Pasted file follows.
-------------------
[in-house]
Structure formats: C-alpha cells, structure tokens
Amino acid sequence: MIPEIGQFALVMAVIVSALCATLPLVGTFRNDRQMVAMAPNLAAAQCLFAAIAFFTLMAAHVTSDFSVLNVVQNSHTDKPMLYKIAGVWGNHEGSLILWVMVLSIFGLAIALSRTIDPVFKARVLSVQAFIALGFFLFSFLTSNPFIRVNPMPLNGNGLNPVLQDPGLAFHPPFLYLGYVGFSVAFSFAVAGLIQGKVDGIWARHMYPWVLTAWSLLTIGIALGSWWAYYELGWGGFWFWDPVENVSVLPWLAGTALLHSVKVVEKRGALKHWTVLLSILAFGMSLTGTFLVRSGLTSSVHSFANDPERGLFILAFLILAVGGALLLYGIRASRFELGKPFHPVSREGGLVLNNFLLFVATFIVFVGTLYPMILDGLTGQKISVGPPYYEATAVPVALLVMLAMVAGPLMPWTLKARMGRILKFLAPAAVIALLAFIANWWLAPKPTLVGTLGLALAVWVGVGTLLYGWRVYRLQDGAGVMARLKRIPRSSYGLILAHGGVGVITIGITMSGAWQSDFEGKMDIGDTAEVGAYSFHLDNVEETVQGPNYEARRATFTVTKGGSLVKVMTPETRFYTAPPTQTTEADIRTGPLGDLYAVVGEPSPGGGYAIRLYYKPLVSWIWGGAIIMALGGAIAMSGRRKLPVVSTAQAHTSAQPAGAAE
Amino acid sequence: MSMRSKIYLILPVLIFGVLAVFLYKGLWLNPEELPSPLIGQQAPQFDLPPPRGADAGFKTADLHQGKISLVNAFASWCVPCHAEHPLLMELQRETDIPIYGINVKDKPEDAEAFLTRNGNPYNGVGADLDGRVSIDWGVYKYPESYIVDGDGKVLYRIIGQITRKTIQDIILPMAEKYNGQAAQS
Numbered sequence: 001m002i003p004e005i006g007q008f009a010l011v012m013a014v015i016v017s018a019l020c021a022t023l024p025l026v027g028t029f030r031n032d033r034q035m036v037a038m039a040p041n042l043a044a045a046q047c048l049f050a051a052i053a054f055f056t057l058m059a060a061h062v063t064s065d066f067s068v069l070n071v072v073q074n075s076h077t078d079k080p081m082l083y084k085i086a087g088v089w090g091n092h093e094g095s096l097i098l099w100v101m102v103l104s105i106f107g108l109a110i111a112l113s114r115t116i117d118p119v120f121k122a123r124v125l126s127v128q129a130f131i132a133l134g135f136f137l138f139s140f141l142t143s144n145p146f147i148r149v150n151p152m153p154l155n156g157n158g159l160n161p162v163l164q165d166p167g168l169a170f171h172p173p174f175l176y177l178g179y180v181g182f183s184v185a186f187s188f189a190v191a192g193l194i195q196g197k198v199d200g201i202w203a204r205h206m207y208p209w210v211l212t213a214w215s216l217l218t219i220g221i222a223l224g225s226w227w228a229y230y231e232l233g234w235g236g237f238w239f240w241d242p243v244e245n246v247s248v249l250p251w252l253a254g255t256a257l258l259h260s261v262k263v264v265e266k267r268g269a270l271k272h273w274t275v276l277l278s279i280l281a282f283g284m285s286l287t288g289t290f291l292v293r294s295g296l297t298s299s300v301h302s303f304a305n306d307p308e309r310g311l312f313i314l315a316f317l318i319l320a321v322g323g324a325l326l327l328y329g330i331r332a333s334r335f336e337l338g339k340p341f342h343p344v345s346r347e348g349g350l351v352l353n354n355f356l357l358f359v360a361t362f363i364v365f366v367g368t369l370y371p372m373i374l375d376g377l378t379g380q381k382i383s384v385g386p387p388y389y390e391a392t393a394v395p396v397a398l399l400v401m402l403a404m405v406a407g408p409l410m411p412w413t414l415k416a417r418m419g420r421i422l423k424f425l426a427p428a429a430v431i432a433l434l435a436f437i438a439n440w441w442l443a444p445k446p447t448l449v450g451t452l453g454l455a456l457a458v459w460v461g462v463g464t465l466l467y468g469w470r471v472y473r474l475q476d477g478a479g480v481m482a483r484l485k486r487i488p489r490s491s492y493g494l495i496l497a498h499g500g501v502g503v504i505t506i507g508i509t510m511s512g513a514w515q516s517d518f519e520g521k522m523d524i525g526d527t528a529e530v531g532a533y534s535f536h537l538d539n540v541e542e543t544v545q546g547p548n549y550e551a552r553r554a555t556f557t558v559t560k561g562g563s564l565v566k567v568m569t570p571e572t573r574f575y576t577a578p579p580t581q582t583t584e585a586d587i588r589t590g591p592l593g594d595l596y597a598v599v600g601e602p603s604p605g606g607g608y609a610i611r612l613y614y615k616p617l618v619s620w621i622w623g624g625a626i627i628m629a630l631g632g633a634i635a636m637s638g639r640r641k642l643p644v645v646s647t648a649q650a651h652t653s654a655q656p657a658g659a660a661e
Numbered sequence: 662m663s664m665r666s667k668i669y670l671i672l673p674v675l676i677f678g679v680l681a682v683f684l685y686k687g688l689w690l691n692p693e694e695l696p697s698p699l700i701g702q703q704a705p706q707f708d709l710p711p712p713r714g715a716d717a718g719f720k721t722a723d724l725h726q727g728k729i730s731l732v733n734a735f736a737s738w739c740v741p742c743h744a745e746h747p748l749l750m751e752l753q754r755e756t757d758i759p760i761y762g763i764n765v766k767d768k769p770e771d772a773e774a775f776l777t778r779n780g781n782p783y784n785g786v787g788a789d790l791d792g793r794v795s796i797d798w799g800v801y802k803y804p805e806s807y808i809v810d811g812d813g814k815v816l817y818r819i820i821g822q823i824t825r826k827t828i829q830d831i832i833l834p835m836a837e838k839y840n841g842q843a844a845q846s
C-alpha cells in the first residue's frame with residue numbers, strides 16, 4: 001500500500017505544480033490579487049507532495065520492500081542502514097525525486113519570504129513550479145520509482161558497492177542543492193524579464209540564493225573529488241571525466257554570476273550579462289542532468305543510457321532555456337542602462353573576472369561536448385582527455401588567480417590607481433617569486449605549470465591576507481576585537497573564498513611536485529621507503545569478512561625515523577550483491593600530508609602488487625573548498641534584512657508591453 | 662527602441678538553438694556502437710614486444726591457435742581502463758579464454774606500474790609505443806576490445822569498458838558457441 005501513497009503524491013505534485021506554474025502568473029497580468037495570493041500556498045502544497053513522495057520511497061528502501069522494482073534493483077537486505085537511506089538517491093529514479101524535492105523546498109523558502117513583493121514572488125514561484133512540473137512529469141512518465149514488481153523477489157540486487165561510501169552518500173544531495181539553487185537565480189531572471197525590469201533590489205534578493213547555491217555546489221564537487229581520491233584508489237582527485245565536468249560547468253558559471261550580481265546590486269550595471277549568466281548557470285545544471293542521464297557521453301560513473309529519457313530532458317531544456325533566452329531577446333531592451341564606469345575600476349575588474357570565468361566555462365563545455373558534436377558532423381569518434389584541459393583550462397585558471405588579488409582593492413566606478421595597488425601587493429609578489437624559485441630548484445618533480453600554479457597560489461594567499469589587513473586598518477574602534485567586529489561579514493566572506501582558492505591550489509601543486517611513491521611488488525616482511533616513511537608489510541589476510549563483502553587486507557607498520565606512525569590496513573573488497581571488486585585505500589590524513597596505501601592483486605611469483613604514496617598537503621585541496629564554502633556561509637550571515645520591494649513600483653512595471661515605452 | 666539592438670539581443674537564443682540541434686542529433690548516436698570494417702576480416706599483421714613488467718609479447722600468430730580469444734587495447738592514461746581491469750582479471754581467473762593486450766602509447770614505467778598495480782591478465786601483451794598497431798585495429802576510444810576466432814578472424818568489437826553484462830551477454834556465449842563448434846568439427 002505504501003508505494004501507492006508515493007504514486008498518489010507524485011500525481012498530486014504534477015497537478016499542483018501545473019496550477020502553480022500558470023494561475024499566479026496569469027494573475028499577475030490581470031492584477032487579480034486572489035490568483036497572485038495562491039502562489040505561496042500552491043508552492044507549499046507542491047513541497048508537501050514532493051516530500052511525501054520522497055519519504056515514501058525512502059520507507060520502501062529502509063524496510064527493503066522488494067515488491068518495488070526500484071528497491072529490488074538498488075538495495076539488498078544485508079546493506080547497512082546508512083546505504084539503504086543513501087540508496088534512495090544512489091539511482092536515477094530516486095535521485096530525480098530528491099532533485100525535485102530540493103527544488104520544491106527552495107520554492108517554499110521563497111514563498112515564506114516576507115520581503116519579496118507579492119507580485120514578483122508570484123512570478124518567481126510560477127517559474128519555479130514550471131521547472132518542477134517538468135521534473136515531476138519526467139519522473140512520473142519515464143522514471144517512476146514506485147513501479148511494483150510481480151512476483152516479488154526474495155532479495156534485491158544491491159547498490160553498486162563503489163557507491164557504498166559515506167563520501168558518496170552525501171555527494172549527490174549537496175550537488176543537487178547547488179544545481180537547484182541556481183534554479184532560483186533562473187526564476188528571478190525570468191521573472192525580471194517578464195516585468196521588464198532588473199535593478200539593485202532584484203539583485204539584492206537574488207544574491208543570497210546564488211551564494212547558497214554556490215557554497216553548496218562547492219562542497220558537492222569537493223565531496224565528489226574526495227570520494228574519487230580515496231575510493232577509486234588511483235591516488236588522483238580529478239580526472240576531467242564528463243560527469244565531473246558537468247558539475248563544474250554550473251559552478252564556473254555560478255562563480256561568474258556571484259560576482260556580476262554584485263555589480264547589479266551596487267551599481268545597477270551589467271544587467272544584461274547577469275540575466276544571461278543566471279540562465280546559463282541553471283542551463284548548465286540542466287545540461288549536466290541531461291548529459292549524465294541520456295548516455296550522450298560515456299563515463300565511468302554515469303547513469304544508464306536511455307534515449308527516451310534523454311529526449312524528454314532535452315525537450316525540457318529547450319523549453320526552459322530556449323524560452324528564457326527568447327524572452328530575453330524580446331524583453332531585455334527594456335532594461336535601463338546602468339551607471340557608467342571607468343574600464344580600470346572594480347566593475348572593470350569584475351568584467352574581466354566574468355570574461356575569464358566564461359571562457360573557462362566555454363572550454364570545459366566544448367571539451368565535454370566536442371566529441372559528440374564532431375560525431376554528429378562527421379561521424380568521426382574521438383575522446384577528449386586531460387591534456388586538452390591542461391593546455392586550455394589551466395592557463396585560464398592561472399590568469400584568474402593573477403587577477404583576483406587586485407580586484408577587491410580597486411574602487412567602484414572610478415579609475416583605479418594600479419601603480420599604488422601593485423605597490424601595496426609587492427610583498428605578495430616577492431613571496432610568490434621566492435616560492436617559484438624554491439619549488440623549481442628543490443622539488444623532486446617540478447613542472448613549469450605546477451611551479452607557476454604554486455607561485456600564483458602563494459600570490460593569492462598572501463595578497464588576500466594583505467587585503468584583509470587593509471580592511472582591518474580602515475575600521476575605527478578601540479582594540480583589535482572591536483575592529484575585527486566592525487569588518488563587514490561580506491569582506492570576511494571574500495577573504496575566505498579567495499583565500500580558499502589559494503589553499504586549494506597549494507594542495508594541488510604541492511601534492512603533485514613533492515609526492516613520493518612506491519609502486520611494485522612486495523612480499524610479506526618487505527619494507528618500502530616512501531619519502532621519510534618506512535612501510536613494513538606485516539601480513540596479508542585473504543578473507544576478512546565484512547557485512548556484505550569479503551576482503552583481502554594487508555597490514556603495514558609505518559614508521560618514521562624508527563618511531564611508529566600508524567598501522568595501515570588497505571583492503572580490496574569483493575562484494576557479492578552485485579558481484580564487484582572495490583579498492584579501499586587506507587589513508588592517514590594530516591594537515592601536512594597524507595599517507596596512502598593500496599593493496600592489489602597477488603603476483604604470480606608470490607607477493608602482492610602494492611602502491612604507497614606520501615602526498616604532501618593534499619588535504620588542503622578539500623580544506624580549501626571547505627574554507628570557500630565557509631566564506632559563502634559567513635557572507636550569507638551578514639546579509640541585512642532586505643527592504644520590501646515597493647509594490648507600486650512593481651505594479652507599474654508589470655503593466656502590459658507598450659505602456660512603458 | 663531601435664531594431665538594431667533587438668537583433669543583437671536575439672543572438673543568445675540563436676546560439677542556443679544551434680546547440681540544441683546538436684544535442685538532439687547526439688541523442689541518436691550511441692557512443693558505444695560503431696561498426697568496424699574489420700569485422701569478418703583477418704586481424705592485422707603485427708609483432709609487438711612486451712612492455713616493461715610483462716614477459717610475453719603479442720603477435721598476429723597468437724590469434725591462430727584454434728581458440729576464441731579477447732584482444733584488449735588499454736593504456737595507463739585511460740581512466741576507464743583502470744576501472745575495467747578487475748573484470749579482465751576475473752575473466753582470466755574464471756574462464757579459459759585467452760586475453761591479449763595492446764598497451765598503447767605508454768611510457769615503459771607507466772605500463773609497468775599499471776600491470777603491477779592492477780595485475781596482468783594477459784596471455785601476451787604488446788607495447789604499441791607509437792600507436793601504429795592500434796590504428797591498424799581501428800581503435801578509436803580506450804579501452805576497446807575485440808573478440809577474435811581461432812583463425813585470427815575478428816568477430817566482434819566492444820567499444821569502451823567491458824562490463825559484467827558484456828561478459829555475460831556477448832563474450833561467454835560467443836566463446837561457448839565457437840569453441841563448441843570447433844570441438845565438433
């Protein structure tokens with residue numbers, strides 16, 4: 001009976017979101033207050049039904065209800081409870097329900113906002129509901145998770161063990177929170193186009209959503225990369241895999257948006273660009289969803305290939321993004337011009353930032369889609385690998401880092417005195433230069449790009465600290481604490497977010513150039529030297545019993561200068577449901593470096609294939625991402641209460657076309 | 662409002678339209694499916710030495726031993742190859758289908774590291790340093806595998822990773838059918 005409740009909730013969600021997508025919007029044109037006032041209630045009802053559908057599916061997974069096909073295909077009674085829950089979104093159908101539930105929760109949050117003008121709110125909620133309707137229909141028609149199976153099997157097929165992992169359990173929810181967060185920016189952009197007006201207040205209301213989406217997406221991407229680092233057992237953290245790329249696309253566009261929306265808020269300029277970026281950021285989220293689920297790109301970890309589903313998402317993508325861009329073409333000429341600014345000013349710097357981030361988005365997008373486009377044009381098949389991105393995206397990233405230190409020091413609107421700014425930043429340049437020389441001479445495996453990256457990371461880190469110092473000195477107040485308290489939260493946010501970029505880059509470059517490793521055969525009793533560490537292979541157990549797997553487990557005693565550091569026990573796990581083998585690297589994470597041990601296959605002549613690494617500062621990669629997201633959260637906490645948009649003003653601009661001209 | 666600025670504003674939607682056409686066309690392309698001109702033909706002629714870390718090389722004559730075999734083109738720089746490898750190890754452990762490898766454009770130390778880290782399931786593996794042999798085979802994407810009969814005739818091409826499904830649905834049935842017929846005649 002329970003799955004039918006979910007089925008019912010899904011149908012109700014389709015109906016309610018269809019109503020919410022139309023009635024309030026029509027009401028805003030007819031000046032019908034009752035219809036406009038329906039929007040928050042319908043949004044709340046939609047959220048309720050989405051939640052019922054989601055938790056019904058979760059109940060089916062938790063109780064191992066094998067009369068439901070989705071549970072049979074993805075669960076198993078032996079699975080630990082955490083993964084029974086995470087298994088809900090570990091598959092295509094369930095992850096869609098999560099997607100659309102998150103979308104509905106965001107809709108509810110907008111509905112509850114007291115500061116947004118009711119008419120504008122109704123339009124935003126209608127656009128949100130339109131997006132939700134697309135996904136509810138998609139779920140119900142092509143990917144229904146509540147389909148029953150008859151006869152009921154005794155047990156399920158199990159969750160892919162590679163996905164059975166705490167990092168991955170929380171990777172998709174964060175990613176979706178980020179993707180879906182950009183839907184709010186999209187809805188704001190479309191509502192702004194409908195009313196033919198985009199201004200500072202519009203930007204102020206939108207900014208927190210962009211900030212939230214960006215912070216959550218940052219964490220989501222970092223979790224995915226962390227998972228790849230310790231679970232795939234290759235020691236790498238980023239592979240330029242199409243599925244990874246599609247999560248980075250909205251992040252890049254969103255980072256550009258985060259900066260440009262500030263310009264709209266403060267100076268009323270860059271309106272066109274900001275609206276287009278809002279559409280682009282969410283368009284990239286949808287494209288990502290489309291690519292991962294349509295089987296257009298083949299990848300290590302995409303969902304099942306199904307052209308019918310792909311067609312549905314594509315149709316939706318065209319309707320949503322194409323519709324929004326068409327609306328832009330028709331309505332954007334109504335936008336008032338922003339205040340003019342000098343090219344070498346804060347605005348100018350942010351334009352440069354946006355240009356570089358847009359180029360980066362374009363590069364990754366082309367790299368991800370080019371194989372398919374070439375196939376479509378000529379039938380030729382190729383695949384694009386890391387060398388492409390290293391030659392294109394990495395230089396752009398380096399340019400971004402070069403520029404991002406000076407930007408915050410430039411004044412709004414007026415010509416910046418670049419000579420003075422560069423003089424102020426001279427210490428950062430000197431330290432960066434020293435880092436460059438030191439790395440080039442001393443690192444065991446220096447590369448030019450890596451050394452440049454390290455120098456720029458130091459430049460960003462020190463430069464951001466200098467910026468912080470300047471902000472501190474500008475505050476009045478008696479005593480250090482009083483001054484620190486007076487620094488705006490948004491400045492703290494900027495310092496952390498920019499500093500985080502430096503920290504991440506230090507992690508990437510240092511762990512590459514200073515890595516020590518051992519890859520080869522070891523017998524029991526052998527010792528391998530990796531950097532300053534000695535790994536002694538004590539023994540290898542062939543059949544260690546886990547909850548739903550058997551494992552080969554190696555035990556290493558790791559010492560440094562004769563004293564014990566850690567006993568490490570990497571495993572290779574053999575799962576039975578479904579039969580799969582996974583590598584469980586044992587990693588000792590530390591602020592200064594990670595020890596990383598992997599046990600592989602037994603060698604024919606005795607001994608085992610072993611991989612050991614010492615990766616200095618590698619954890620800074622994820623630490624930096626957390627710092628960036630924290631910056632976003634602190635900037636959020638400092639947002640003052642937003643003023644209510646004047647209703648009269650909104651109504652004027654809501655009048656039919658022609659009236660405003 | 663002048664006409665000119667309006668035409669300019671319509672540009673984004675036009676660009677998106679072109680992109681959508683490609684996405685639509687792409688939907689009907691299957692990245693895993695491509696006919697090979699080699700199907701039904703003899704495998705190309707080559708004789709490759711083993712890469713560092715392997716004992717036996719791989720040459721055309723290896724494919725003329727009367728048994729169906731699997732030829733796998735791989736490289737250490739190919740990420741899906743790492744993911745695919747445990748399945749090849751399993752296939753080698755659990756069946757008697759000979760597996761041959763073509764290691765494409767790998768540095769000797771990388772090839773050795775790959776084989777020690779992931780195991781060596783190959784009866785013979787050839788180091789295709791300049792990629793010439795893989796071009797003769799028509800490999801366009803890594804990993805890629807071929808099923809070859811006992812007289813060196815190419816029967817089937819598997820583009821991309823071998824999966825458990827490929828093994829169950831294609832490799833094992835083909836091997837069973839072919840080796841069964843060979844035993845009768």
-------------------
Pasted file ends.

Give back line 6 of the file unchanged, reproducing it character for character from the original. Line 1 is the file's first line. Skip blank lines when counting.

Numbered sequence: 662m663s664m665r666s667k668i669y670l671i672l673p674v675l676i677f678g679v680l681a682v683f684l685y686k687g688l689w690l691n692p693e694e695l696p697s698p699l700i701g702q703q704a705p706q707f708d709l710p711p712p713r714g715a716d717a718g719f720k721t722a723d724l725h726q727g728k729i730s731l732v733n734a735f736a737s738w739c740v741p742c743h744a745e746h747p748l749l750m751e752l753q754r755e756t757d758i759p760i761y762g763i764n765v766k767d768k769p770e771d772a773e774a775f776l777t778r779n780g781n782p783y784n785g786v787g788a789d790l791d792g793r794v795s796i797d798w799g800v801y802k803y804p805e806s807y808i809v810d811g812d813g814k815v816l817y818r819i820i821g822q823i824t825r826k827t828i829q830d831i832i833l834p835m836a837e838k839y840n841g842q843a844a845q846s